On 19 June, the two countries signed a cessation of hostilities before a peace agreement was reached on 12 December 2000, in Algiers. The Algiers Peace Agreement established a 25-kilometer-wide Temporary Security Zone (TSZ) on the Eritrean side of the disputed border, to be monitored by the United Nations Mission in Ethiopia and Eritrea (UNMEE), which was created by the United Nations Security Council in July 2000. The Algiers Agreement provided for the creation of a joint Eritrea-Ethiopia Boundary Commission (EEBC) under the auspices of the Permanent Court of Arbitration, with a view to issuing a definitive ruling on the demarcation of the border between the two countries.
Eritrea-Ethiopia Boundary Commission established that Badime, the border town at the heart of the dispute, belongs to Eritrea. Representatives of the international community, specifically the UN, AU, EU and US, were mandated as witnesses and guarantors to ensure implementation of the ruling. However, when Ethiopia rejected it, they abdicated their responsibility, and Ethiopia continues to occupy the town.
Outnumbered and outspent, Eritrea suffered an enormous loss of economic resources and human lives. By the end of the conflict Eritrea’s economy was crippled and nearly a third of the population was dependent on food aid. The President, who had defiantly boasted about Eritrea’s self-reliant stance, was quick to negotiate deals for famine relief with the international community.
Today there is a state of no war and no peace between Eritrea and Ethiopia. At the time of Eritrean independence, both countries claimed sovereignty over three areas: Badme, Tsorona-Zalambessa, and Bure. Eritrea, which is under UN sanctions, says world powers have failed to push Ethiopia to accept an international arbitration ruling demarcating the boundary. Ethiopia‘s government has said it wants talks on implementation.
The UN in 2000 deployed a ceasefire monitoring force on the Eritrean-Ethiopian border but withdrew it in 2008 in response to restrictions imposed on it by Eritrea that the UN said at the time made it impossible for the mission to function.
Eritrea and Ethiopia reportedly maintain "large military presences" along their shared border. In 2007, news sources reported on Eritrean military activity in the regions of Gash-Barka [southwest Eritrea] and Tsorono [south-central Eritrea], among other areas. There is reportedly a military training camp located in the Waime [or Wema] district of Asab province.
The two neighboring countries have been bitter enemies since a long-running war saw Eritrea claim independence from Ethiopia in 1991. The two countries clashed anew between 1998 and 2000, and remain at loggerheads over the flashpoint town of Badme. The border settlement is still controlled by Ethiopia, despite a UN-backed commission awarding it to the smaller neighbor.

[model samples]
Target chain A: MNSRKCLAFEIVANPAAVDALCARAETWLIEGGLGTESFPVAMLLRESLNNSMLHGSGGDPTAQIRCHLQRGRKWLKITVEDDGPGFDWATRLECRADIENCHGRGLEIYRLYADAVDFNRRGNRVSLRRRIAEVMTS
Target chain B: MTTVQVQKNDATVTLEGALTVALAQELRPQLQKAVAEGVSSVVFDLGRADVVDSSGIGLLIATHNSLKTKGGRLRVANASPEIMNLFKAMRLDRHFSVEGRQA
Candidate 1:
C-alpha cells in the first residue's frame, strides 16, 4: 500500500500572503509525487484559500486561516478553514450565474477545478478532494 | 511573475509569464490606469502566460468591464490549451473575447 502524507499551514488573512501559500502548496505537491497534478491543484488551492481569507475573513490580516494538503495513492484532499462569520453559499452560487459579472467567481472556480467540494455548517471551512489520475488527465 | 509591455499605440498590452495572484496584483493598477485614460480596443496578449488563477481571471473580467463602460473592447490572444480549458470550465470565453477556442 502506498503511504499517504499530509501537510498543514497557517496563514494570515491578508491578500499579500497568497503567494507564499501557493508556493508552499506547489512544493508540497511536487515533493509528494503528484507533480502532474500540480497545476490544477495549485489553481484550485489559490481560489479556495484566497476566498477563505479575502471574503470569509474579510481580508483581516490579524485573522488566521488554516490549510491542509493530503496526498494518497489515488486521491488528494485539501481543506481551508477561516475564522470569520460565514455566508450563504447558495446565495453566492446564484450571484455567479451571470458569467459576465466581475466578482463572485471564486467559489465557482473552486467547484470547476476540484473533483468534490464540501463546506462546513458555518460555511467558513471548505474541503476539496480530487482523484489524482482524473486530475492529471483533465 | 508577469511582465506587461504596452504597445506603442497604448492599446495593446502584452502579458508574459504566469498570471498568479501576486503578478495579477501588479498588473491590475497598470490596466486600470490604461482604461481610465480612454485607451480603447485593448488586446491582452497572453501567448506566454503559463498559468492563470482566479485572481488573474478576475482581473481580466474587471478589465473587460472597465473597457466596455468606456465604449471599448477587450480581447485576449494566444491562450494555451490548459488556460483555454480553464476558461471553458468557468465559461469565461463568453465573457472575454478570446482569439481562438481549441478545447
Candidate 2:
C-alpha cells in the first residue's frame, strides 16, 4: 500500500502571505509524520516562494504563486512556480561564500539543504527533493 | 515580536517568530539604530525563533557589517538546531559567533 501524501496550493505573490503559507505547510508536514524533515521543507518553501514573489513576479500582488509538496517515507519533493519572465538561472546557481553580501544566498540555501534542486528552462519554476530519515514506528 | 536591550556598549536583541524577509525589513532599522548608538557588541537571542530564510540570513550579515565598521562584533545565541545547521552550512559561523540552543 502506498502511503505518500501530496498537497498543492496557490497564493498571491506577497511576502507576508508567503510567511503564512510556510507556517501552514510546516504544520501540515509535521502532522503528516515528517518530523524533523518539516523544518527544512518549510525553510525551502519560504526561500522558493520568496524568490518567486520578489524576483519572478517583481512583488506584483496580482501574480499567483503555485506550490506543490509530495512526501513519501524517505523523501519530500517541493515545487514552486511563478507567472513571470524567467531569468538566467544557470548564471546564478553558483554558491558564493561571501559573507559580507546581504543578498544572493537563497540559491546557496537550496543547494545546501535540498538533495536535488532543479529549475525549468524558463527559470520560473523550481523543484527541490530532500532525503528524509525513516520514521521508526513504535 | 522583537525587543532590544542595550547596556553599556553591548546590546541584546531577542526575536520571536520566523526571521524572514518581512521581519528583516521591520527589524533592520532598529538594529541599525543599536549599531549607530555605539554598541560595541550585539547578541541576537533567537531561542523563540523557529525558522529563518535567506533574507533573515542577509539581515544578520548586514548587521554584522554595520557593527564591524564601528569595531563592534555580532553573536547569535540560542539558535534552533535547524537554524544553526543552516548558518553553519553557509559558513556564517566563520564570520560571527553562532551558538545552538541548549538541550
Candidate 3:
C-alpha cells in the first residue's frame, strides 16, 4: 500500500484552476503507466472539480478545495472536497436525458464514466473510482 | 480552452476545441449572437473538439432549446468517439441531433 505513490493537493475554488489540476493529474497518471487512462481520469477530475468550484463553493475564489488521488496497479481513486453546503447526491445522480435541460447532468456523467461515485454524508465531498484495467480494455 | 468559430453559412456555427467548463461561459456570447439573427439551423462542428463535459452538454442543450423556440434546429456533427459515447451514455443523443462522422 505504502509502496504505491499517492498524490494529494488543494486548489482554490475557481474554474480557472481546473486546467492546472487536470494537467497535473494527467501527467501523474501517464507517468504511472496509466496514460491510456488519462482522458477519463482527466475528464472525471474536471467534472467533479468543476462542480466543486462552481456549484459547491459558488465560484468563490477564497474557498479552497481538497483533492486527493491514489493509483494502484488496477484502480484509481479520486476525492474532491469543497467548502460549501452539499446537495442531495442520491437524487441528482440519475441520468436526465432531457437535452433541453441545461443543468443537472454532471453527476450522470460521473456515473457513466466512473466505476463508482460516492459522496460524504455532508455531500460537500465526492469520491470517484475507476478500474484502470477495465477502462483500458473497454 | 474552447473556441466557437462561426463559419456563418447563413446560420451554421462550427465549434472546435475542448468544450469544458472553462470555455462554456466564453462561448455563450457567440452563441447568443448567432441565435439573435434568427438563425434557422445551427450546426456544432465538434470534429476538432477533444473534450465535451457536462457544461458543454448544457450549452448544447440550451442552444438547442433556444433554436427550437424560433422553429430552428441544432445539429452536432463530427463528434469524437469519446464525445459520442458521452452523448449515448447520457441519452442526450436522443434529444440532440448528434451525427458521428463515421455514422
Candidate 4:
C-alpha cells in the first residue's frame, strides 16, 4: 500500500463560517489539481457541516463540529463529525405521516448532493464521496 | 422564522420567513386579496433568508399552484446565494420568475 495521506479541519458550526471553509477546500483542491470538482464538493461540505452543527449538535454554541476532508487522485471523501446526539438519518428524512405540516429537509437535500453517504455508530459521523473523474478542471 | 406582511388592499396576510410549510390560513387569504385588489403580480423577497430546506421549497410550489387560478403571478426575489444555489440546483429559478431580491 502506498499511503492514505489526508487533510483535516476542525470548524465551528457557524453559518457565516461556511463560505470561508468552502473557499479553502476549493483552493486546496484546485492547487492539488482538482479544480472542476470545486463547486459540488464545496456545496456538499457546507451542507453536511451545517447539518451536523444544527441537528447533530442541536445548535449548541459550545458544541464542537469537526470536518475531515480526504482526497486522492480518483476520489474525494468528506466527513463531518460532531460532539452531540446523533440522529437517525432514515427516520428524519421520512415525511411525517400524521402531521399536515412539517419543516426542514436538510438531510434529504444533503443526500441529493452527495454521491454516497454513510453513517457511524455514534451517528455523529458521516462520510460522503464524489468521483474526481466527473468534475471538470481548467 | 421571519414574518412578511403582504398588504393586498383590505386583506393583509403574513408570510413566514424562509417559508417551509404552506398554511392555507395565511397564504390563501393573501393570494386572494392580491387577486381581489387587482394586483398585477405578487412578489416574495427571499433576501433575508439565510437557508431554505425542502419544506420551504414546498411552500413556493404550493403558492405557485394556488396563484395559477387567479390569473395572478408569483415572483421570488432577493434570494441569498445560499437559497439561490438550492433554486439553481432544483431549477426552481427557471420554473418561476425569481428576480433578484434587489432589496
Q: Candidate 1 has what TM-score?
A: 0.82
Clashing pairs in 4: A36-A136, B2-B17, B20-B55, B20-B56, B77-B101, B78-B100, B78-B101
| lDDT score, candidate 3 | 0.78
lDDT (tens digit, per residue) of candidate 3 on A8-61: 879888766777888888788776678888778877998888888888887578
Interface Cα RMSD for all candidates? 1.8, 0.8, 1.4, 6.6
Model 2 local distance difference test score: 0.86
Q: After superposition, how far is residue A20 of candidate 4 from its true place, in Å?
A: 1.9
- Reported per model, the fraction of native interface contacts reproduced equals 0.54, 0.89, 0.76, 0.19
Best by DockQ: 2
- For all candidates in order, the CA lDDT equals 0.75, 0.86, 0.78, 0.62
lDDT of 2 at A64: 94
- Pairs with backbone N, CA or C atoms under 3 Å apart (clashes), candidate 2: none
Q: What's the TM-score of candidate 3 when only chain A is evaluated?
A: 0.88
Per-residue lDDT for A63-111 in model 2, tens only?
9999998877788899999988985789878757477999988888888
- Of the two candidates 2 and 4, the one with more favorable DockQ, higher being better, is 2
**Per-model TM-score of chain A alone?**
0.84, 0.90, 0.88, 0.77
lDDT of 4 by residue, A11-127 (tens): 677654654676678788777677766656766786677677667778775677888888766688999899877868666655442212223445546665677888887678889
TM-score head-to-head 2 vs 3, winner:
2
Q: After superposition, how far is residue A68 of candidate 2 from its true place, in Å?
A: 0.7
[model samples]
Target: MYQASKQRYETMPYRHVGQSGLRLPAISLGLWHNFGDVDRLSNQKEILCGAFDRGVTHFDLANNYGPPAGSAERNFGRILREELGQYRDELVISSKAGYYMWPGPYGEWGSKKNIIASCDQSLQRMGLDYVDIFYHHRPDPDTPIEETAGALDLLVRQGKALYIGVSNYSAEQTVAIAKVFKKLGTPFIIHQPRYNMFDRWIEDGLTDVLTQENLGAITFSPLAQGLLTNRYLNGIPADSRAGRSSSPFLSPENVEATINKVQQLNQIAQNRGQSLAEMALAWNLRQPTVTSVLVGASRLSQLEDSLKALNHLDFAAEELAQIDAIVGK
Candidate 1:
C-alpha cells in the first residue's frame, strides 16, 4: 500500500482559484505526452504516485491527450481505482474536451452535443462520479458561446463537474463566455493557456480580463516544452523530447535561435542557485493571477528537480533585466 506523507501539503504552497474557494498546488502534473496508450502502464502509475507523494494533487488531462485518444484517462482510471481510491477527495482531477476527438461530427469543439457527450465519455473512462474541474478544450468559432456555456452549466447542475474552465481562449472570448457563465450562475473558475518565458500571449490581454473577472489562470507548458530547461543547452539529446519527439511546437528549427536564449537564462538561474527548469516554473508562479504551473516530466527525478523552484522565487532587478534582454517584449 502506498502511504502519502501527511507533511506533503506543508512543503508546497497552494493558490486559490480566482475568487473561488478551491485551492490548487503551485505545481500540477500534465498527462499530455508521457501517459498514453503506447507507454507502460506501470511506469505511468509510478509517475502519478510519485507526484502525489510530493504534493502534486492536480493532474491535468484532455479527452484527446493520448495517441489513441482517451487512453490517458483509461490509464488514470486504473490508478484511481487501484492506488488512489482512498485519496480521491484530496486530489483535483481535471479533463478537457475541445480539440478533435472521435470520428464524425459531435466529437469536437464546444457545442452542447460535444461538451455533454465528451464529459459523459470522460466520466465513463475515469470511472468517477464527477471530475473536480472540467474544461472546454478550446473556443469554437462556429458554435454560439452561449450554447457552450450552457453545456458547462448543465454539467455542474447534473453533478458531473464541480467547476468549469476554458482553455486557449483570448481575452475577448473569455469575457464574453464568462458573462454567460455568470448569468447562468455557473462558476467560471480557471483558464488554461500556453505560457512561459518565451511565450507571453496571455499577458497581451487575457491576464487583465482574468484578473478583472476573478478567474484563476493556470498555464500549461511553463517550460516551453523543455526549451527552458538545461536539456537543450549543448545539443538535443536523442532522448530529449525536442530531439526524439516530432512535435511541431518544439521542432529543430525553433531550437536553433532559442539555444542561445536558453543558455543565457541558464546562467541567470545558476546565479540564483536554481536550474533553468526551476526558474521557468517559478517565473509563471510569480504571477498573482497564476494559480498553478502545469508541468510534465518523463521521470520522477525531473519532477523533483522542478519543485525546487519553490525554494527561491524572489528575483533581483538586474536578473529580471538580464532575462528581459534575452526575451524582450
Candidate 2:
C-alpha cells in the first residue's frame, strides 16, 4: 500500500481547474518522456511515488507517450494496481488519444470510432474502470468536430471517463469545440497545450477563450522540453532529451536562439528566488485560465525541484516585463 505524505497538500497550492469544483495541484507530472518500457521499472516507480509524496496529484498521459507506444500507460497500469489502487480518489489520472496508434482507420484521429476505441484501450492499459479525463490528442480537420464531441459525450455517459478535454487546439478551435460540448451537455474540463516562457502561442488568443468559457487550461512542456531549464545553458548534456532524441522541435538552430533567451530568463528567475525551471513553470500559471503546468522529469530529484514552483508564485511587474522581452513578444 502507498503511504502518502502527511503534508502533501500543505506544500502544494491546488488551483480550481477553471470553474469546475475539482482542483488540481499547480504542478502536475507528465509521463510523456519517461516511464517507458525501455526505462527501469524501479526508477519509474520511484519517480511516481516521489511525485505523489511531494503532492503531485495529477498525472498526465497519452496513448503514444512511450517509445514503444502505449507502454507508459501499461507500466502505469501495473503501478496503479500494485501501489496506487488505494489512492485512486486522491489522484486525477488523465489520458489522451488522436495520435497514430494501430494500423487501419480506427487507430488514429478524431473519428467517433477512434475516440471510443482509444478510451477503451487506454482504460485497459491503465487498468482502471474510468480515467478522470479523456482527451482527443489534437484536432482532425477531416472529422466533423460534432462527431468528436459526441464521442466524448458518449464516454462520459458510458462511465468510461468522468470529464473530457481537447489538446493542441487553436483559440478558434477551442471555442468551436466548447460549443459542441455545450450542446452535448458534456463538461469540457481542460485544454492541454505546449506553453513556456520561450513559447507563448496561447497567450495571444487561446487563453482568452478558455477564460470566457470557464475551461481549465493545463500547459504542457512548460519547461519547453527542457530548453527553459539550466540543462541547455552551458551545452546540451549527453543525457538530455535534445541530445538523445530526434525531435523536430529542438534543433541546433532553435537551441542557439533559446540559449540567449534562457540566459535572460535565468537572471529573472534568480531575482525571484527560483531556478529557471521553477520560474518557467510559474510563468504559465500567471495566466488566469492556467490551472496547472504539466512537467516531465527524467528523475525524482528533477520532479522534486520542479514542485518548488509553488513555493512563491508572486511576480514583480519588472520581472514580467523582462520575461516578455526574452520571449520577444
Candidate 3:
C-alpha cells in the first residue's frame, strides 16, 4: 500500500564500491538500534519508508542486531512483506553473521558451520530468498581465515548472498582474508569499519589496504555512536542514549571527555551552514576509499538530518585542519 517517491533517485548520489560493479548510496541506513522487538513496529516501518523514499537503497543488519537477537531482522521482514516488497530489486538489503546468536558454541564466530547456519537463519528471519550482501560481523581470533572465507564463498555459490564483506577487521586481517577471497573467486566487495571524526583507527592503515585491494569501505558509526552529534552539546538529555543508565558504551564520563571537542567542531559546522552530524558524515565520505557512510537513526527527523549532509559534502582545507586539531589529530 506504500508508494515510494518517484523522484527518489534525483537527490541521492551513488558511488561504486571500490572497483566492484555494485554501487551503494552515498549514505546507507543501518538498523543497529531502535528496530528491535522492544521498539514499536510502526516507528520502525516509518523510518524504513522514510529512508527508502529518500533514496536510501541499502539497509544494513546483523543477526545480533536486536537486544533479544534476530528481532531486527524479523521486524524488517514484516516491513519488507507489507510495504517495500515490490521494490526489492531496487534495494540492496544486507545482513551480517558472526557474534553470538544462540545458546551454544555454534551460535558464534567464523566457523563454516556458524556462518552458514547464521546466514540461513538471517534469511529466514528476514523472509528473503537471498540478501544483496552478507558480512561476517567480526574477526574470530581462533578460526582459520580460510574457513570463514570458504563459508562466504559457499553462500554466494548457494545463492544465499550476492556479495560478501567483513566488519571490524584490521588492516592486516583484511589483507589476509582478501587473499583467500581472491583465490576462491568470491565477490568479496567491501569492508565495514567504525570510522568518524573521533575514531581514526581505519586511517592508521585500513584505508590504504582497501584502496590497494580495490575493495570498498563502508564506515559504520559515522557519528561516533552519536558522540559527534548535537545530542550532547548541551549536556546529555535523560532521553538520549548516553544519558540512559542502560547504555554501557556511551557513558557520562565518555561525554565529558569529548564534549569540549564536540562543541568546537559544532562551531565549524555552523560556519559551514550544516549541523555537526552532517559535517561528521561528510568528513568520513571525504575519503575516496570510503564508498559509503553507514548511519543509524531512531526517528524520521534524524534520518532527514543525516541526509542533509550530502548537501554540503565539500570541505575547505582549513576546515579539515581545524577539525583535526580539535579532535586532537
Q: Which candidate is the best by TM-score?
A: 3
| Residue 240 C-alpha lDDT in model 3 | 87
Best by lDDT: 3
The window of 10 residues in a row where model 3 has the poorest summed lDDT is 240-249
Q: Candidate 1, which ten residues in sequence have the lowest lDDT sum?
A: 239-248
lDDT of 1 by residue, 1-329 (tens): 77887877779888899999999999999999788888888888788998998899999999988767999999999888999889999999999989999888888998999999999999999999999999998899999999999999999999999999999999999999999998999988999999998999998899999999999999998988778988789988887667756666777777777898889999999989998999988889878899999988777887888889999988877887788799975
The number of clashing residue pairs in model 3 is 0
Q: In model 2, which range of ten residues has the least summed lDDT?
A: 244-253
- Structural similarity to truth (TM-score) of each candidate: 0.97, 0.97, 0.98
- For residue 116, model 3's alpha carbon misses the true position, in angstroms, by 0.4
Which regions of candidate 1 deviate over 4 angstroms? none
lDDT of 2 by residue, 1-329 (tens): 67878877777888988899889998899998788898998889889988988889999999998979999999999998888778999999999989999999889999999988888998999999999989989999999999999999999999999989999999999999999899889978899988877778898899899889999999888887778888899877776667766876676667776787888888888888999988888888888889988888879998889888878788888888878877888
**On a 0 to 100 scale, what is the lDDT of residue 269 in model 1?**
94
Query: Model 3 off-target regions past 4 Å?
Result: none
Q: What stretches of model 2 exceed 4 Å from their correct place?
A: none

Immediately following US Secretary of State Hillary Clinton’s stern warning on 07 August 2008 that Eritrea should stop supporting al-Shabaab insurgents in Somalia, Eritrea’s Information Minister, Ali Abdu, said the United States had better stop meddling in Somalia’s affairs. He urged the United States “to leave the Somali people alone to freely determine their own future.”
UN resolutions from 2009 and 2011 imposed sanctions on Eritrea for its alleged support to the Al-Shabaab terrorist organisation and for its failure to resolve the dispute with neighbouring Djibouti. The accusa- tions were later expanded to include Eritrea’s support for Ethiopian opposition groups. Since 2007 Eritrea has been supportive of al-Shabab, sending in weapons, sending in trainers and also training hundreds of al-Shabab fighters in some of its military camps. This support is not ideological. It was essentially meant to counter Ethiopia's influence in Somalia, and the Ethiopian occupation was the height of Eritrea's involvement in Somalia.
Eritrea’s envoy to the United Nations said inJanuary 2012 that his country was vindicated following a recently-released preliminary UN report by the the United Nations Monitoring Group on Somalia and Eritrea that found insufficient evidence that Asmara provided weapons to Somalia militant group al-Shabab in 2011. Eritrea had often maintained its innocence over accusations it supports militant groups including al-Shabab, which accusers said destabilized not only Somalia, but the entire Horn of Africa region.
The Report of the Monitoring Group on Somalia and Eritrea pursuant to Security Council resolution 2182 (2014) of 19 October 2015 found no evidence that Eritrea was supporting Al-Shabaab. It did, however, find that Eritrea was continuing to support and harbour some regional armed groups, including a newly formed unified front of armed Ethiopian opposition groups, the Tigray People’s Democratic Movement (TPDM) and the military leader of Ginbot Sebat.
The area between the two countries remains heavily fortified. Governments in Asmara and Addis Ababa also regularly trade accusations over backing rebels and protests on each others' territory. Addis Ababa often accuses the government in neighbouring Eritrea of supporting rebels, which Asmara staunchly denies.